Dealing with the bookstore on campus can be a frustrating task for students here at UNBSJ.
Whether it’s the high price of books or the limited amount of copies, the simple task of purchasing books has left some students weary and stressed out. This year, UNBSJ is experiencing the bookstore quite differently and it seems that the student body is still undecided as to whether they like the recent changes.
Follet Higher Education Group purchased the bookstore from the university in October 2010. The new owners have provided some great resources for students, such as used books, the option to rent as well as electronic resources The website has also been fully updated; students can go online, type in their course and see what books they need for the term. Other changes include the actual look of the bookstore and the price of merchandise.
For some, these new perks have come at a price; a pretty big price according to former employee Rezwanur Ullash, who was let go from his position at the bookstore. “My job at the bookstore was so important to me financially,” explains Ullash, “it was how I supported myself. I had even turned down some other summer jobs because I liked the bookstore so much and wanted to stay there.” He was given very limited notice of his dismissal when the new company took over. Now he has been forced to find work elsewhere. Ullash was among a few other students that experienced the same sort of treatment this summer.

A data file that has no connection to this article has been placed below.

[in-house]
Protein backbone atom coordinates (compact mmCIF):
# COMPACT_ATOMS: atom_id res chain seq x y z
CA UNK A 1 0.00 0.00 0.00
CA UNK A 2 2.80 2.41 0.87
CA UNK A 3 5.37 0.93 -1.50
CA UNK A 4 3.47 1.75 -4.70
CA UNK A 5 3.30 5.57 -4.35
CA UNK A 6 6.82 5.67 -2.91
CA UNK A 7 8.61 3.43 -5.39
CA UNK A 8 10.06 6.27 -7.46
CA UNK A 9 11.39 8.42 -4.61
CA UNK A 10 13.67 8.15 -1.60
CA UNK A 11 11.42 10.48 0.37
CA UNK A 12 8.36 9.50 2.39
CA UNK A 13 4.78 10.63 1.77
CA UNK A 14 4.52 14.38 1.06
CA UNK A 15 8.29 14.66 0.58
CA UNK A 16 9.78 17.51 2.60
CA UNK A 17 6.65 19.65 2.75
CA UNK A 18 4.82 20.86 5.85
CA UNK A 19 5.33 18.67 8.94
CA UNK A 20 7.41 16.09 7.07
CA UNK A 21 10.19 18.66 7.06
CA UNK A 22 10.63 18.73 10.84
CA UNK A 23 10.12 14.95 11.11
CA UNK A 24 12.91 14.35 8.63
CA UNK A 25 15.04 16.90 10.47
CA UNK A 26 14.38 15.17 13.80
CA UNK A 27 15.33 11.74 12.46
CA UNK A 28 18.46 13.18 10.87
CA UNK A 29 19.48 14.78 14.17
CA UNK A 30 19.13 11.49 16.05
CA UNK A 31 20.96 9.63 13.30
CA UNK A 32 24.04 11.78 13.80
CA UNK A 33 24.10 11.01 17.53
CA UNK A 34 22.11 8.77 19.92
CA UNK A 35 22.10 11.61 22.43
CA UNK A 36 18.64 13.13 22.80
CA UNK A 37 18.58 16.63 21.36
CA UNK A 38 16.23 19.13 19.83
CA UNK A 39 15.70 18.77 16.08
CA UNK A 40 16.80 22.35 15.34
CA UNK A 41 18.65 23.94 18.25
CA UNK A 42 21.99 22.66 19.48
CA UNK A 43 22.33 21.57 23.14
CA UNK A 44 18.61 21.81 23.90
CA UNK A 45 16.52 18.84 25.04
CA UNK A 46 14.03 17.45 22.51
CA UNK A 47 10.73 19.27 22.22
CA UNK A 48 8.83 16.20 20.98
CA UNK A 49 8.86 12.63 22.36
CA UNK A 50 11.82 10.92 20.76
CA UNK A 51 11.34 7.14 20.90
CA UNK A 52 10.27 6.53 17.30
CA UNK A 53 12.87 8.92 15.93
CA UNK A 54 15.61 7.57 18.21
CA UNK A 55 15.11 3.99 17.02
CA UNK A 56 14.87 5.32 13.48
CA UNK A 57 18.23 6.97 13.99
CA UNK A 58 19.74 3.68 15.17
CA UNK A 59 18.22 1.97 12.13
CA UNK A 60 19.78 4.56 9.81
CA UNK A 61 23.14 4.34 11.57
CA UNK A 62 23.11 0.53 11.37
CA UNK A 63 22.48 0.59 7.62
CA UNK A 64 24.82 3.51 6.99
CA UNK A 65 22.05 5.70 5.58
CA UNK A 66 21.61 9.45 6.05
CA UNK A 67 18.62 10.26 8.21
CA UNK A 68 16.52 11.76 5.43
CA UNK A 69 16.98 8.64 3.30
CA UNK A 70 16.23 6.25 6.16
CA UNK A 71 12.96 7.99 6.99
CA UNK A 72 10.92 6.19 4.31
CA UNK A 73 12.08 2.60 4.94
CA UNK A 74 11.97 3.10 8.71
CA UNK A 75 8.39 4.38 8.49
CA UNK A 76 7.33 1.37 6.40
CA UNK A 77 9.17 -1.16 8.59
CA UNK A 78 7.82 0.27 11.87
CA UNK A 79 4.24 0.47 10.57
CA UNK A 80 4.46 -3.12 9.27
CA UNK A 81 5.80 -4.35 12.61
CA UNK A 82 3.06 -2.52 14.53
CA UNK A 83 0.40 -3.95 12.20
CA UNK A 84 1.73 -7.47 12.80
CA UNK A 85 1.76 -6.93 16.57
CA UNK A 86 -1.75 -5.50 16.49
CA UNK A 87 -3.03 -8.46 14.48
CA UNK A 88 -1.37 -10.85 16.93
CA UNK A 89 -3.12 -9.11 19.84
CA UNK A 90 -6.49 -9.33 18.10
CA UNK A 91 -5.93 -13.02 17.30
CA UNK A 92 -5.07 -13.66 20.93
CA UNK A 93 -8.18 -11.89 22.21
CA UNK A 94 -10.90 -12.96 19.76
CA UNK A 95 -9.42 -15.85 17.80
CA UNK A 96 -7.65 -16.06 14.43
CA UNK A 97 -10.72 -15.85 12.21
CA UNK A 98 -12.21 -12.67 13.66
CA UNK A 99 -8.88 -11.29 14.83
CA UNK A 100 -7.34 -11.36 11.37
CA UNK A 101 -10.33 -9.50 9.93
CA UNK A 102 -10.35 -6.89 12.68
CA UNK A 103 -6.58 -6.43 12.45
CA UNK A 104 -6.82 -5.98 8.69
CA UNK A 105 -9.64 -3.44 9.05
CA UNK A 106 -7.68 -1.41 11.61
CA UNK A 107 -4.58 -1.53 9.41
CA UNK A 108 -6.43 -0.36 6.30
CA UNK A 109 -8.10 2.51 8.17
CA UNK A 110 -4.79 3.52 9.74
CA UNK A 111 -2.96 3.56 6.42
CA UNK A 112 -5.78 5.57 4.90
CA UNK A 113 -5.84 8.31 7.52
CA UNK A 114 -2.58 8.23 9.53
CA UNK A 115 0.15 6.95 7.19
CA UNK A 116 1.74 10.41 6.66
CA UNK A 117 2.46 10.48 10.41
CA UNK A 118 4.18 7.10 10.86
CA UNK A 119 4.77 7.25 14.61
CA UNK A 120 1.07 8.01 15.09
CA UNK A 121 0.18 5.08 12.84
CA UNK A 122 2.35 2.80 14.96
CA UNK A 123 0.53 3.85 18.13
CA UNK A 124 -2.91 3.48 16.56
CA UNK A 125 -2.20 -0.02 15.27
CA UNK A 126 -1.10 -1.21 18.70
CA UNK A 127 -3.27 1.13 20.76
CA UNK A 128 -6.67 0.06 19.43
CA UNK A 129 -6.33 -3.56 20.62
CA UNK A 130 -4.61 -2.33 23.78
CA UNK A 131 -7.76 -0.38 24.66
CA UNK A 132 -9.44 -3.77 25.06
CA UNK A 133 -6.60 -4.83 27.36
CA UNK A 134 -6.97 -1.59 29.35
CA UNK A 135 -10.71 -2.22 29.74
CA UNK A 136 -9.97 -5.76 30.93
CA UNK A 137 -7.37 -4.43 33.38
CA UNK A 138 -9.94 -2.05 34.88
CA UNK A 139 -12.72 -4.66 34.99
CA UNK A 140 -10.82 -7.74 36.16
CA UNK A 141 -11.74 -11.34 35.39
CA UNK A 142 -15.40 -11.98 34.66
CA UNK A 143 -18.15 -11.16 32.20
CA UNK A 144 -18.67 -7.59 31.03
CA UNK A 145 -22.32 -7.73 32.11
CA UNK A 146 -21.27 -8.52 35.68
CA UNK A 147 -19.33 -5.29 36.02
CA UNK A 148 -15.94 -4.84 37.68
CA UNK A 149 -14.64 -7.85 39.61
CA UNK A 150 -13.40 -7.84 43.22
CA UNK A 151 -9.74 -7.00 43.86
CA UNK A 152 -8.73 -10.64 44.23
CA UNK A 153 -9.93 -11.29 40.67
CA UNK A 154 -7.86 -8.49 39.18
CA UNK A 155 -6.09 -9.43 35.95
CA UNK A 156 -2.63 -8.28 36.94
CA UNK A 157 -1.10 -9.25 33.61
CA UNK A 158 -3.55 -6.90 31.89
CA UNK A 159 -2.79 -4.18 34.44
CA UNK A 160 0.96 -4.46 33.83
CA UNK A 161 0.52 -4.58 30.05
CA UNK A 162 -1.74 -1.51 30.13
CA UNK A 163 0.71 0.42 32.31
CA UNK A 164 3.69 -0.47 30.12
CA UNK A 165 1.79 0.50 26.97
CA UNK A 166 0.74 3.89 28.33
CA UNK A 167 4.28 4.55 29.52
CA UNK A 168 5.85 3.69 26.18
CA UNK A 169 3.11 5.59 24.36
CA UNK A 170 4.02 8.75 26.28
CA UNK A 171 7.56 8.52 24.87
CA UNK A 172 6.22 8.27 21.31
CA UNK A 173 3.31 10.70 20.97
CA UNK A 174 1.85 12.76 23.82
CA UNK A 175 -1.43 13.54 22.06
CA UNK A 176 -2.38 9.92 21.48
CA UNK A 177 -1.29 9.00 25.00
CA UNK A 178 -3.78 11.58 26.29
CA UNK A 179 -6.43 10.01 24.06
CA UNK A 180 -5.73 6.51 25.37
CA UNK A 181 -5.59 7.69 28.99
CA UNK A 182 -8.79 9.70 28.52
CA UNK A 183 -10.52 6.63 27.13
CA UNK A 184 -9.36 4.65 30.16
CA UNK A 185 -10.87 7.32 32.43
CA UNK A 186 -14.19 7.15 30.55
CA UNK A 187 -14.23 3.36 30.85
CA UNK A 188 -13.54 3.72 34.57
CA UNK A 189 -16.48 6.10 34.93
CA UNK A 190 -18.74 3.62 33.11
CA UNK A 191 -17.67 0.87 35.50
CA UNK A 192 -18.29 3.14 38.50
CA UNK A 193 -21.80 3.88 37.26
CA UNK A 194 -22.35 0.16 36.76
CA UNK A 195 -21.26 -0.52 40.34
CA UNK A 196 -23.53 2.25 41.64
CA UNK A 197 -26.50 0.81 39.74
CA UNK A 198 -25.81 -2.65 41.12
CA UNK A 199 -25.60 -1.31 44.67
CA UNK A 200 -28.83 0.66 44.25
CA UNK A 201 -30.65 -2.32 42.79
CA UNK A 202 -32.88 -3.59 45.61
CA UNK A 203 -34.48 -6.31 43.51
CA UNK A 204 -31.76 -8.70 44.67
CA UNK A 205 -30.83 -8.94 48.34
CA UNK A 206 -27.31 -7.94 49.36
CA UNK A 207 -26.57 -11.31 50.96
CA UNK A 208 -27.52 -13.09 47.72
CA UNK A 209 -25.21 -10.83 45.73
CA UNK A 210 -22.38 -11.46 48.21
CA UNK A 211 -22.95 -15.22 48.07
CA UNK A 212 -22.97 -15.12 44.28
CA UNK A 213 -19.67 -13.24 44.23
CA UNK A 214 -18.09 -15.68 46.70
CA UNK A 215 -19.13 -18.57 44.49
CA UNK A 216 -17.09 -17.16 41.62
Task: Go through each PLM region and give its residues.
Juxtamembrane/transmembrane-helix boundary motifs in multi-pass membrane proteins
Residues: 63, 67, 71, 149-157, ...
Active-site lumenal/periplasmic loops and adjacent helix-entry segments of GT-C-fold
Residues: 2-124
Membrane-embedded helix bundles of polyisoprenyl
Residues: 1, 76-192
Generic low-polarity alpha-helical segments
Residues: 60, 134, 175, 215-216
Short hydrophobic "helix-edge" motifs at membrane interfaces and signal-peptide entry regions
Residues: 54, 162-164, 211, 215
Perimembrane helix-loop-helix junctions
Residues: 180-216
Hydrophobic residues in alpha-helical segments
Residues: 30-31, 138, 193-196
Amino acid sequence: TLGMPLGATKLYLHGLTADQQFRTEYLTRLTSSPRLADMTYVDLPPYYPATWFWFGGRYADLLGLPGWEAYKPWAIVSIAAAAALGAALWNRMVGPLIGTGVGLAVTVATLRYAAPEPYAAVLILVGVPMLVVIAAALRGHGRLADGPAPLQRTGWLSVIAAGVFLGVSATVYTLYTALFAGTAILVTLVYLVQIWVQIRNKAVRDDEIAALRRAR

It has been rumoured that another upcoming major change is the potential closure of the UNBSJ Inprint Bookstore located on King Street. The Inprint Bookstore opened in June 2007 and is rumoured to shut its doors sometime in the New Year. The manager of the UNBSJ Bookstore, Eric Daley was unavailable for his comments. Although this store does not sell textbooks, it currently offers a wide array of UNB merchandise, such as clothing, supplies and a large collection of general trade books.
For those not directly affected by the change in ownership, it seems that much of the student body is still divided as to whether they agree with the new changes.
Kaleigh Gillis, a third year student, comments on her experience with the bookstore thus far, “I wish they would have more used copies available and they are too understaffed for this busy time of year.” On the contrary, fourth year education student Leah Thompson said, “The new bookstore has been really helpful on the wallet, especially with the renting option.”
It seems that despite the mixed feelings between professors, students and staff that the new company is here to stay!